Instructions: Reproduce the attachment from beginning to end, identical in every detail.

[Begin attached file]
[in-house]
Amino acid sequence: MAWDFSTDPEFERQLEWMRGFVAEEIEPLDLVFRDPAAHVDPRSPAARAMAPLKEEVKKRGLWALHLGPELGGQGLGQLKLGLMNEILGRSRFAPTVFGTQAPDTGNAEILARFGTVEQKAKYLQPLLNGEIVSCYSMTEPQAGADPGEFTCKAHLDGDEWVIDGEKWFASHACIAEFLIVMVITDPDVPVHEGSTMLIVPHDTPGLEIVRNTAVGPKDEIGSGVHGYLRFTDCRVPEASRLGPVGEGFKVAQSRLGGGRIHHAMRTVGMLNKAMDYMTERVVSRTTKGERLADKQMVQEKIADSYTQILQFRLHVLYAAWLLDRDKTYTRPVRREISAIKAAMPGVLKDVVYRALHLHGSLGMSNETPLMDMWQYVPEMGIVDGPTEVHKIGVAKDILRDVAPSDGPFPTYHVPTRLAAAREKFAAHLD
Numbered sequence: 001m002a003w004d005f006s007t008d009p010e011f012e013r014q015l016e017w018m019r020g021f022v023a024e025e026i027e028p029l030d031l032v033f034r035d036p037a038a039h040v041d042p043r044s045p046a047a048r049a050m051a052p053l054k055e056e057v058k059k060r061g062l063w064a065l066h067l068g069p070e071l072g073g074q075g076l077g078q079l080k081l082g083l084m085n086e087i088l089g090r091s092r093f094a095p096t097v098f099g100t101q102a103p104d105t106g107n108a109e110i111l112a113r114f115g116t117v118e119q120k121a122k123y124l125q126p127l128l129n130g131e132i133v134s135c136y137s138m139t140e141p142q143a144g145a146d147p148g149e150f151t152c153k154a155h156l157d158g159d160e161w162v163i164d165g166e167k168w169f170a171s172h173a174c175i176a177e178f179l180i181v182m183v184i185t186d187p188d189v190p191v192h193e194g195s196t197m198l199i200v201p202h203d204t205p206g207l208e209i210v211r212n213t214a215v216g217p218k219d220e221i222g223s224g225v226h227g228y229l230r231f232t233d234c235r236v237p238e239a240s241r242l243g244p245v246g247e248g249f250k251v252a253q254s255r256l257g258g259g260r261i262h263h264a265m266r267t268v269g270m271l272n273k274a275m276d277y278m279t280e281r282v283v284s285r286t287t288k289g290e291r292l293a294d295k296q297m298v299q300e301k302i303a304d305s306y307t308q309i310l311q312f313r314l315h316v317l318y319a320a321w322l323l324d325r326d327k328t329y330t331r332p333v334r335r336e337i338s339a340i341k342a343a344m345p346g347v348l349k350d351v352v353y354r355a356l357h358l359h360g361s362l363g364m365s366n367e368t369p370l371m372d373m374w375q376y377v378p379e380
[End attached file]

[in-house]
Amino acid sequence: MAWDFSTDPEFERQLEWMRGFVAEEIEPLDLVFRDPAAHVDPRSPAARAMAPLKEEVKKRGLWALHLGPELGGQGLGQLKLGLMNEILGRSRFAPTVFGTQAPDTGNAEILARFGTVEQKAKYLQPLLNGEIVSCYSMTEPQAGADPGEFTCKAHLDGDEWVIDGEKWFASHACIAEFLIVMVITDPDVPVHEGSTMLIVPHDTPGLEIVRNTAVGPKDEIGSGVHGYLRFTDCRVPEASRLGPVGEGFKVAQSRLGGGRIHHAMRTVGMLNKAMDYMTERVVSRTTKGERLADKQMVQEKIADSYTQILQFRLHVLYAAWLLDRDKTYTRPVRREISAIKAAMPGVLKDVVYRALHLHGSLGMSNETPLMDMWQYVPEMGIVDGPTEVHKIGVAKDILRDVAPSDGPFPTYHVPTRLAAAREKFAAHLD
Numbered sequence: 001m002a003w004d005f006s007t008d009p010e011f012e013r014q015l016e017w018m019r020g021f022v023a024e025e026i027e028p029l030d031l032v033f034r035d036p037a038a039h040v041d042p043r044s045p046a047a048r049a050m051a052p053l054k055e056e057v058k059k060r061g062l063w064a065l066h067l068g069p070e071l072g073g074q075g076l077g078q079l080k081l082g083l084m085n086e087i088l089g090r091s092r093f094a095p096t097v098f099g100t101q102a103p104d105t106g107n108a109e110i111l112a113r114f115g116t117v118e119q120k121a122k123y124l125q126p127l128l129n130g131e132i133v134s135c136y137s138m139t140e141p142q143a144g145a146d147p148g149e150f151t152c153k154a155h156l157d158g159d160e161w162v163i164d165g166e167k168w169f170a171s172h173a174c175i176a177e178f179l180i181v182m183v184i185t186d187p188d189v190p191v192h193e194g195s196t197m198l199i200v201p202h203d204t205p206g207l208e209i210v211r212n213t214a215v216g217p218k219d220e221i222g223s224g225v226h227g228y229l230r231f232t233d234c235r236v237p238e239a240s241r242l243g244p245v246g247e248g249f250k251v252a253q254s255r256l257g258g259g260r261i262h263h264a265m266r267t268v269g270m271l272n273k274a275m276d277y278m279t280e281r282v283v284s285r286t287t288k289g290e291r292l293a294d295k296q297m298v299q300e301k302i303a304d305s306y307t308q309i310l311q312f313r314l315h316v317l318y319a320a321w322l323l324d325r326d327k328t329y330t331r332p333v334r335r336e337i338s339a340i341k342a343a344m345p346g347v348l349k350d351v352v353y354r355a356l357h358l359h360g361s362l363g364m365s366n367e368t369p370l371m372d373m374w375q376y377v378p379e380